The iDevices Socket is an adapter that goes between your lighting fixture and a standard bulb to add Wi-Fi and iPhone app control to any lightbulb. It also adds support for control via Siri voice commands and the iOS 10 Home app through Apple’s HomeKit platform.
Installing Socket |
Installing the product only takes a few minutes. You screw it into your lighting fixture as you would a lightbulb, then screw your lightbulb into the iDevices Socket.
There’s a button on the side of the Socket to turn it on and off manually without having to use your iPhone or iPad, which is something you don’t get with a lot of other connected-bulbs. The company says the device works with “all standard bulb types up to 60W including halogen, incandescent, and compact fluorescent (CFL) bulbs.”
Once screwed in, the companion iOS app called “iDevices Connected” runs you through a quick setup to connect to your Wi-Fi network and give your Socket and its built-in night light a nickname (I chose “desk lamp” and “night light”).
Using Socket |
After you’re connected, the app will let you switch your bulb on and off and adjust its brightness if your bulb supports dimming. The Socket also has a built-in LED night light that acts independent of your connected bulb (pictured around the base of the bulb in purple above).
It appears as a separate accessory within the app and HomeKit, and you can adjust the color and brightness of the night light or optionally disable it from within the app. The manual switch on the Socket doesn’t affect the night light at all.
With HomeKit support, the app lets you see and set up Scenes, Rooms, Zones, Apple’s features for grouping together accessories for organization and to control multiple actions with a single command.
And with iOS 10 this fall (currently in beta), you’ll be able to see the same functions from within Apple’s new Home app, which acts as a central location for viewing and controlling all of your HomeKit accessories. HomeKit support also means you can control the Socket with Siri voice commands:
The app also just gained support for controlling your accessories with voice commands via Amazon Alexa hardware.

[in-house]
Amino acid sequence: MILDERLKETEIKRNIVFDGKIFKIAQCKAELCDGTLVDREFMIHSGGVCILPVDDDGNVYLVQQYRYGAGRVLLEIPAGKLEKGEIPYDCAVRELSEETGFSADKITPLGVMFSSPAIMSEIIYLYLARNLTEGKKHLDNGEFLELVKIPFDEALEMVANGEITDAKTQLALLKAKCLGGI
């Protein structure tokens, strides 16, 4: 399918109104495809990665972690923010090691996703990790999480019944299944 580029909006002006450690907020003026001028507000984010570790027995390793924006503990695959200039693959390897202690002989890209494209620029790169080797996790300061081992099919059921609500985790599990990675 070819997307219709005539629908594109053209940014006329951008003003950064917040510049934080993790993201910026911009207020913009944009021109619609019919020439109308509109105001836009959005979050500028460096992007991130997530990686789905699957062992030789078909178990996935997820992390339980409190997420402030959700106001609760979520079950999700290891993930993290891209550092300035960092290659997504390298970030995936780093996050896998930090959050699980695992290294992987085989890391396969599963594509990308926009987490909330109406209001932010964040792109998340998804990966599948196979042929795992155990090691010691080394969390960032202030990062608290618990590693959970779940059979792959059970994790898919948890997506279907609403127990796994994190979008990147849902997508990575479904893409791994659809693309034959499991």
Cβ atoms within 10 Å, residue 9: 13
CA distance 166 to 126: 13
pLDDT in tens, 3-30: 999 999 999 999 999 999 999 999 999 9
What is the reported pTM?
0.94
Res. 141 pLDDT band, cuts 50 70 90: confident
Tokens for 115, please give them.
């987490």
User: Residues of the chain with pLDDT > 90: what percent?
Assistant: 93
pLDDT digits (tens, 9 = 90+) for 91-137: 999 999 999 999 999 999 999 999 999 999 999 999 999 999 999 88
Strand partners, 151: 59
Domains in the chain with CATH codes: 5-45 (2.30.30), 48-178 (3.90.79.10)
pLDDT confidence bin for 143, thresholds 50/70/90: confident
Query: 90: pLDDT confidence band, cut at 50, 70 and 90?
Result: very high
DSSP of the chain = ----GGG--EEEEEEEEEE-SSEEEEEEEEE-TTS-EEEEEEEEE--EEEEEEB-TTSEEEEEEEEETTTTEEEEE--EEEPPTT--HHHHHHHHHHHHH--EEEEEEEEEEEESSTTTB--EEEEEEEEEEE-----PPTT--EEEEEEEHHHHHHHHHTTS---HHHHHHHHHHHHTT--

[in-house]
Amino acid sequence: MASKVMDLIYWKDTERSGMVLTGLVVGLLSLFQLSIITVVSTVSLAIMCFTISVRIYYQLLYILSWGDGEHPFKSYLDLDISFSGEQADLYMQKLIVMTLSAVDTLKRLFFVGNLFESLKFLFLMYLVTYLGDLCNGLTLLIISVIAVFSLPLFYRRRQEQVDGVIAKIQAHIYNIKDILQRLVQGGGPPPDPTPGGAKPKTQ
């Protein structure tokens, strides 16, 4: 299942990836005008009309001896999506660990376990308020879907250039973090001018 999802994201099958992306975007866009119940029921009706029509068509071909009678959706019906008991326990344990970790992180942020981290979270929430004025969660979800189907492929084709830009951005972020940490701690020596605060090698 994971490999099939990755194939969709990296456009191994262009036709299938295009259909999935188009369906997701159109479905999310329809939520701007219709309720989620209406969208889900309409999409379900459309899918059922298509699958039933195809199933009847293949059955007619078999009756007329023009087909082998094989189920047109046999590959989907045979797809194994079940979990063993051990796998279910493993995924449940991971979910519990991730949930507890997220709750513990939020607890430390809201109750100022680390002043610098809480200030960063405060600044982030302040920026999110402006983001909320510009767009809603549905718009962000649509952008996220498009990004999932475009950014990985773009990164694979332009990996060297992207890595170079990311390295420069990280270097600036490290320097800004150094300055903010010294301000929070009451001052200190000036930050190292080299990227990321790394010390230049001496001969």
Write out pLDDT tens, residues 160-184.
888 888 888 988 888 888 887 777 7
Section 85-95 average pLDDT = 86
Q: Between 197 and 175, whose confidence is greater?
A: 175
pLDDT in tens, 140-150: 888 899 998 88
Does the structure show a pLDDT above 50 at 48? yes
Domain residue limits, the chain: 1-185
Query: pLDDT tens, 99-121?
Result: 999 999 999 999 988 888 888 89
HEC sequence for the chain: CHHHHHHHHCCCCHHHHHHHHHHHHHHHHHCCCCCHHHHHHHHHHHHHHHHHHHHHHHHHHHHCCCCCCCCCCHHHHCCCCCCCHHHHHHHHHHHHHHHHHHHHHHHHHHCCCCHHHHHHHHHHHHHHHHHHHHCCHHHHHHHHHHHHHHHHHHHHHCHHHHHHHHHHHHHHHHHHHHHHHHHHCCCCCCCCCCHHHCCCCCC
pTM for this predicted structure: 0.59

It’s a slightly different and more costly approach to making your lightbulbs “smart” compared to what has become somewhat of an industry standard. Most connected lightbulb systems available, like the popular Philips Hue platform, utilize a Wi-Fi bridge or hub that connects to multiple lightbulbs and your network. You start with a hub and a couple of bulbs for about $100, and you can expand by purchasing individual or packs of supported bulbs from there (for around $30-$40 for a 2-3 pack for the Hue). But you’re limited to bulbs that support the platform…
Floodlights, spotlights, or vintage and decorative Edison-style bulbs are a few examples of traditional bulbs you might want to add iPhone-control and HomeKit support to using Socket. It’s a decent alternative to the Philips Hue style approach if you want to control a small number of lighting fixtures, or for those that use speciality bulbs that they can’t get with a platform like Hue that’s tied to proprietary bulbs. The relatively chunky Socket, however, doesn’t exactly enhance the look of your bulbs if you’re using an exposed, decorative bulb like an Edison-bulb.
The iDevices Socket only adds smart functionality to a single bulb that you supply, but it lets you use any standard lightbulb of your choice. Each Socket will cost you $79…
Should you buy it?
It would be a lot easier to recommend the Socket if it were less expensive. At $80, you can currently get a Philips Hue kit with a bridge and two bulbs for the same price. Plus with the iDevices Socket you have to bring your own bulbs, but that’s actually the one reason why the product might appeal to some as noted above.
If you want to add HomeKit control to a single lamp, spotlight, or other lighting fixture with a bulb of your choice, Socket is one of the more feature-filled options. An alternative would be an outlet with HomeKit support like the iHome SmartPlug (our review) or the iDevices Switch, giving you on and off support on single device for around half the price.
Get the iDevices Socket for $79.